So there I am thinking, “Well I can throw this guitar, hey, Roger can catch anything!” Well, he can, but what I didn’t realize was that when I had thrown it, the cable had wrapped around the strap and when the guitar got halfway to Roger in mid air, the cable caught and the beautiful guitar smashed down like Wile E. Coyote chasing the Roadrunner and falling off a cliff. The darn neck cracked. It was paper thin anyway. I’ve tried to have that neck duplicated dozens of times but to no avail. No one could duplicate that neck so it felt identical to the original. For the remainder of the tour we put another neck on her, poor girl. See, that’s what I get for showin’ off. I’m probably the biggest poser you know, right?

The record company and promoters stuffed every little crack of time I had with press. Ugh. Contrary to popular belief, press can be no fun at all. Sometimes it’s just these reporters who know nothing about you except what they read on the same bio that everyone else in the world got. How many times can you tell people how the bus burned down, or why you decided to sing. How about 137 times so far this year alone (no kidding). Sometimes it can be interesting when you get journalists who are real fans that ask genuine questions. They undeniably do their homework, but it still keeps ya in the hotel when everyone else is at the beach. Oh well, gotta work.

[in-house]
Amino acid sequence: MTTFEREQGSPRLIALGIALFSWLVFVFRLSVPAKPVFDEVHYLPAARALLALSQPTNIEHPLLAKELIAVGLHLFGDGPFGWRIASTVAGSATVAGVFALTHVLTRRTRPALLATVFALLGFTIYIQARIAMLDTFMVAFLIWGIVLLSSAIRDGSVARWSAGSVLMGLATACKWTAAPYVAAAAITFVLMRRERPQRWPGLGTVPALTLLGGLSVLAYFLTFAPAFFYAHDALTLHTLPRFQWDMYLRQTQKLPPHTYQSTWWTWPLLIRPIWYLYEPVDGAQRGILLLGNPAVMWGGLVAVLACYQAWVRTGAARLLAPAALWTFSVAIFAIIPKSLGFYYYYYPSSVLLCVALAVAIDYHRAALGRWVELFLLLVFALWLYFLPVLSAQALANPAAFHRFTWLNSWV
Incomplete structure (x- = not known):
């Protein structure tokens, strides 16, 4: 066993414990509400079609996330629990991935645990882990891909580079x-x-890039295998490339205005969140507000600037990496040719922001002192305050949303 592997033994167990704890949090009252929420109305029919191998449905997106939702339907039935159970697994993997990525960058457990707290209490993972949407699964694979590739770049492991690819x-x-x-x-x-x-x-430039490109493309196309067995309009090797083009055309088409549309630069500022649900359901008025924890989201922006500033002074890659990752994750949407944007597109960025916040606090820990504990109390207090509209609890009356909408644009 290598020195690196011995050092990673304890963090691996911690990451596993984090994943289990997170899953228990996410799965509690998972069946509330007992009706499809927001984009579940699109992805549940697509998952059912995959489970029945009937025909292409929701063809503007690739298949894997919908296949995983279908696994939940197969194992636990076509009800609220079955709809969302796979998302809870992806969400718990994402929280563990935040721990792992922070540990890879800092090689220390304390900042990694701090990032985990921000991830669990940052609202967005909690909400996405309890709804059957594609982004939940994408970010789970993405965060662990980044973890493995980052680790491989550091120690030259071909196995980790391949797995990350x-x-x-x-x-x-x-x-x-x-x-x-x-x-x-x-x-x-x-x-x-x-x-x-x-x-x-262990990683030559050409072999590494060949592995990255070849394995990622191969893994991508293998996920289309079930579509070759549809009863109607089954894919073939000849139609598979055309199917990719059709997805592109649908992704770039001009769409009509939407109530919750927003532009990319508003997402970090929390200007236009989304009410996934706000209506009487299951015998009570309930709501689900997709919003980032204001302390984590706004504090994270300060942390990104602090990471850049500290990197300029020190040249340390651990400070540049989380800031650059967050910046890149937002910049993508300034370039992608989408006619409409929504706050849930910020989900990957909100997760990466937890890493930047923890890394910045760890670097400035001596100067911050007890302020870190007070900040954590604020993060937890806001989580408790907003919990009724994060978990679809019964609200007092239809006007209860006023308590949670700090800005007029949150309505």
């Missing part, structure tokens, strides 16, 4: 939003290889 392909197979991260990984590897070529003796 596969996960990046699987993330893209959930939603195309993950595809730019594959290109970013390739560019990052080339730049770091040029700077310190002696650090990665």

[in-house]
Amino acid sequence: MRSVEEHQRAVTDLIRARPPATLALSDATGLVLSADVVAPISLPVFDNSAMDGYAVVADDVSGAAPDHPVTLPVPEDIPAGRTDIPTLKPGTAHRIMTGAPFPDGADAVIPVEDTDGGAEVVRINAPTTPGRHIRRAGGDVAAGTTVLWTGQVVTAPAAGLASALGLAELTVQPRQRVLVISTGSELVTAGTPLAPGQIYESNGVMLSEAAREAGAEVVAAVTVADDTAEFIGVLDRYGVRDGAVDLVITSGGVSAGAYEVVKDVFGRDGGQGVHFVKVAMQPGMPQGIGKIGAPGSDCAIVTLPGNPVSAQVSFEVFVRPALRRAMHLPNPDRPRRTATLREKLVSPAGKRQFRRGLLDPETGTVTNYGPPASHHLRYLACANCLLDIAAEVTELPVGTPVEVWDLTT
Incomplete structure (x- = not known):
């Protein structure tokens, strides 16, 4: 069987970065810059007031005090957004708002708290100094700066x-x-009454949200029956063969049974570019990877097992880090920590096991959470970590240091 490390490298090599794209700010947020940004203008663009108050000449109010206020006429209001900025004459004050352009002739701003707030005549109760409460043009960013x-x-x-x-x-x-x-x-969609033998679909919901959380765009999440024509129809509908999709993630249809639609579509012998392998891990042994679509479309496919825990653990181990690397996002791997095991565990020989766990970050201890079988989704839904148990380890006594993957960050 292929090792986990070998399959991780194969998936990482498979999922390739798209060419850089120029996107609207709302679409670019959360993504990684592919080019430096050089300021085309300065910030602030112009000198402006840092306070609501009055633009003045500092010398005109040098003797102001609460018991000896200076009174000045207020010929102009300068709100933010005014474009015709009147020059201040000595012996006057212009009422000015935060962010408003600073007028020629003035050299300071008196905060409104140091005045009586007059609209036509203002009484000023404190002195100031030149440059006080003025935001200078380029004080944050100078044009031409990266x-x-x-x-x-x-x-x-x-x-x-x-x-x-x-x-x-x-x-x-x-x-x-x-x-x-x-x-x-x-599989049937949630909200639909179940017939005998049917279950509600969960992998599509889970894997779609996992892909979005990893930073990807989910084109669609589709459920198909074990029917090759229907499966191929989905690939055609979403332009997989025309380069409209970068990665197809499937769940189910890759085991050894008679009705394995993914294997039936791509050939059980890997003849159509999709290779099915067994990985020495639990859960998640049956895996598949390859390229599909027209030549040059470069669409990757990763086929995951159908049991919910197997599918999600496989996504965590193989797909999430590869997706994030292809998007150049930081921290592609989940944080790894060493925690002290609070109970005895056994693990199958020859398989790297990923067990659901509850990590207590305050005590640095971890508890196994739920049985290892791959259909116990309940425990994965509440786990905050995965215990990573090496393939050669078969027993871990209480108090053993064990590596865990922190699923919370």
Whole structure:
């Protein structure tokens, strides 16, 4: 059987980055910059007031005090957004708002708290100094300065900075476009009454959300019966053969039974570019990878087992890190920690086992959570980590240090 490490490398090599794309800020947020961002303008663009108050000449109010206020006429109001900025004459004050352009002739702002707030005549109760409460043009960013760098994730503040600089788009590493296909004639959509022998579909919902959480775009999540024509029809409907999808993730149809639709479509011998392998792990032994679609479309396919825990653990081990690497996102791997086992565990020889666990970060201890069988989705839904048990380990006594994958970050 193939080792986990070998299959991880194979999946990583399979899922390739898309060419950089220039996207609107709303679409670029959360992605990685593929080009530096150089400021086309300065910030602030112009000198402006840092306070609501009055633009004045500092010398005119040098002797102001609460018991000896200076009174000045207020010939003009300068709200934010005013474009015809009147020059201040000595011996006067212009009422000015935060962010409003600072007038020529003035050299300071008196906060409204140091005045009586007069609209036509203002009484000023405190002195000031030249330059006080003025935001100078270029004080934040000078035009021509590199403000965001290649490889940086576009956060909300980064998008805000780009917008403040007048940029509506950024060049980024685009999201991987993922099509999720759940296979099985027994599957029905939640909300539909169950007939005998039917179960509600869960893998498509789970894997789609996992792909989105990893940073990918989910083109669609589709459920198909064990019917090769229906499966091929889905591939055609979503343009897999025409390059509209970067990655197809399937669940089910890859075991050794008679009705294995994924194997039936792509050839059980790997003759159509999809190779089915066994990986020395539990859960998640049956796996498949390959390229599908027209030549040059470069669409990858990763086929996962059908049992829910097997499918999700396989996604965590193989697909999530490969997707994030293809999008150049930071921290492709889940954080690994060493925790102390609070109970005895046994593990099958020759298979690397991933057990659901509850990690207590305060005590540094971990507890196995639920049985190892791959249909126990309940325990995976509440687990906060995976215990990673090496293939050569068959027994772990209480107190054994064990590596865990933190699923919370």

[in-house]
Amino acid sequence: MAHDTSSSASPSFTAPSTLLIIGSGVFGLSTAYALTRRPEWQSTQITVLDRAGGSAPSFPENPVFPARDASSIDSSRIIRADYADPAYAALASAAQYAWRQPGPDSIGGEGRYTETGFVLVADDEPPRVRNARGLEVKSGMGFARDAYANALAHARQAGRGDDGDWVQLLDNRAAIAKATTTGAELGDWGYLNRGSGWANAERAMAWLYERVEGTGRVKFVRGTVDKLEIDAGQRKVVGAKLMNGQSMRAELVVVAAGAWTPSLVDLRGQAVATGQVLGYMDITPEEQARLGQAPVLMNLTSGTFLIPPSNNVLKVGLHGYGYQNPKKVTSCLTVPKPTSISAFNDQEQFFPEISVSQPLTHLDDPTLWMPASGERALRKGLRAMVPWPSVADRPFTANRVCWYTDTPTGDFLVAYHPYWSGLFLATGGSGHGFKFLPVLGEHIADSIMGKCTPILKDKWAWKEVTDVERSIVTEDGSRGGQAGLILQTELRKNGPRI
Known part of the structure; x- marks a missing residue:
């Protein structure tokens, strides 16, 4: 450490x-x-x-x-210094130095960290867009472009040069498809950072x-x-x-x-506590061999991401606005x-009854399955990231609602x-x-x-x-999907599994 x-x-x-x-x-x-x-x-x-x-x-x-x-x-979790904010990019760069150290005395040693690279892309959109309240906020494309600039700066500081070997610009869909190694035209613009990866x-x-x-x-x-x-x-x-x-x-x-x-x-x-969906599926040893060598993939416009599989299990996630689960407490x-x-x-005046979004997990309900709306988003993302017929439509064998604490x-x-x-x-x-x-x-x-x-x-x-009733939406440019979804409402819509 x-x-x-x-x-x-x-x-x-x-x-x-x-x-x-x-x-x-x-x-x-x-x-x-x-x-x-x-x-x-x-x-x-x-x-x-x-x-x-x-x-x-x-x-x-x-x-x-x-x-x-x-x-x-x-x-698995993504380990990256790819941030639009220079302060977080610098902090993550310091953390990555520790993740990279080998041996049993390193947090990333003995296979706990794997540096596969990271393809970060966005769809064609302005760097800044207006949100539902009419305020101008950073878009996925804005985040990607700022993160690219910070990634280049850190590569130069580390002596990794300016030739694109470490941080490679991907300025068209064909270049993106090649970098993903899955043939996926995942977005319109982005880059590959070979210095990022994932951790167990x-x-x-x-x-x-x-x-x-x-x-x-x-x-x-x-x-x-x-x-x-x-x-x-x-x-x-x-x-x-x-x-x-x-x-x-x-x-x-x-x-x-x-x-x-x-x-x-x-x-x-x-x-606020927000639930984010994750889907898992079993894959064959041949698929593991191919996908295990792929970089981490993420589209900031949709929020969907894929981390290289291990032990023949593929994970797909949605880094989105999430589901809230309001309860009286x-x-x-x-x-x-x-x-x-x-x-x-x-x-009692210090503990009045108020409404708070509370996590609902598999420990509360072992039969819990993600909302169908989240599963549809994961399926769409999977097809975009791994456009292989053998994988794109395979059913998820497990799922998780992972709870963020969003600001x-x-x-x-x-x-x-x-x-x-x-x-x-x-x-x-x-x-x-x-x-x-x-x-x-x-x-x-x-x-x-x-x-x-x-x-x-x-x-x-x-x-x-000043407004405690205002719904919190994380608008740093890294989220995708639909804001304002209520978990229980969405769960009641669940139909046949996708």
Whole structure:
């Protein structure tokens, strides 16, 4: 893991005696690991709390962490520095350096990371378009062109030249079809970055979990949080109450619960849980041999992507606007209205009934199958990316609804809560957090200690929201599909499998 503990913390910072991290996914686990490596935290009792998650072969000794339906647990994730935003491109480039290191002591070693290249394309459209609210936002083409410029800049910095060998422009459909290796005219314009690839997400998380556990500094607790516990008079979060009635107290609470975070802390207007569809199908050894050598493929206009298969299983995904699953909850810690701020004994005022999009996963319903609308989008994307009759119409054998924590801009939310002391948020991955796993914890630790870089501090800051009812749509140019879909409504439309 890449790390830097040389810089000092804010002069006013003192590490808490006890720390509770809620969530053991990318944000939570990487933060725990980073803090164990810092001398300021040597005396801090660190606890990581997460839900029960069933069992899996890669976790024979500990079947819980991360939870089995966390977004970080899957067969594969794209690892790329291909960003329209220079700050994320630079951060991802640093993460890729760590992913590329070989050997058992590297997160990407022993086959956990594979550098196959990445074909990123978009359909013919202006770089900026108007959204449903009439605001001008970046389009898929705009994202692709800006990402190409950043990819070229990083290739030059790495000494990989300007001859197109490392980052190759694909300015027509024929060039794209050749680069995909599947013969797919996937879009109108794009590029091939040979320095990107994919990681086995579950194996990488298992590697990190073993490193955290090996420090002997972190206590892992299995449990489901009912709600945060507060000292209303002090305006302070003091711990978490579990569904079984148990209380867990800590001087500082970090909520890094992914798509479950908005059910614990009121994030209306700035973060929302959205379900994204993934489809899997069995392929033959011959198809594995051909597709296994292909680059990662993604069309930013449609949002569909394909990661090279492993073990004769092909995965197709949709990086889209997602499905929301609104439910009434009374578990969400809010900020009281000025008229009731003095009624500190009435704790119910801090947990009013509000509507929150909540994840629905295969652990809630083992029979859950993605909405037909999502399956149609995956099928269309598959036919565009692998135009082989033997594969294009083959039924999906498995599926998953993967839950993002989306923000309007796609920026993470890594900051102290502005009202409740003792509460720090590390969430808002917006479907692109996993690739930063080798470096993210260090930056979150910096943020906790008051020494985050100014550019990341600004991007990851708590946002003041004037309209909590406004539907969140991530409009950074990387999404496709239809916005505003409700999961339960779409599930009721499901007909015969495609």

We visited a lot of Hard Rock Cafes all over the Eastern Hemisphere. I really enjoy them, it’s like a little piece of America wherever you are. Their vegetarian fajitas are good and the decor, well, totally LA.

I notice when I don’t sleep and have to travel a lot (I’m talking 2 hours of sleep a night and airplanes everyday along with press all day until soundcheck, then a 2 hour show for 5 days in a row), it catches up with you. I usually enjoy the challenge and face it head on with a “screw you” type attitude but this time it caught up with me and boom! I was pretty down and out by the time we got to Melbourne. I remember I was online one night and got an instant message from Joe Satch. He recommended Sudafed or some bourbon and warm water. I opted for the first, canceled all press and slept for 15 hours. The next show went great.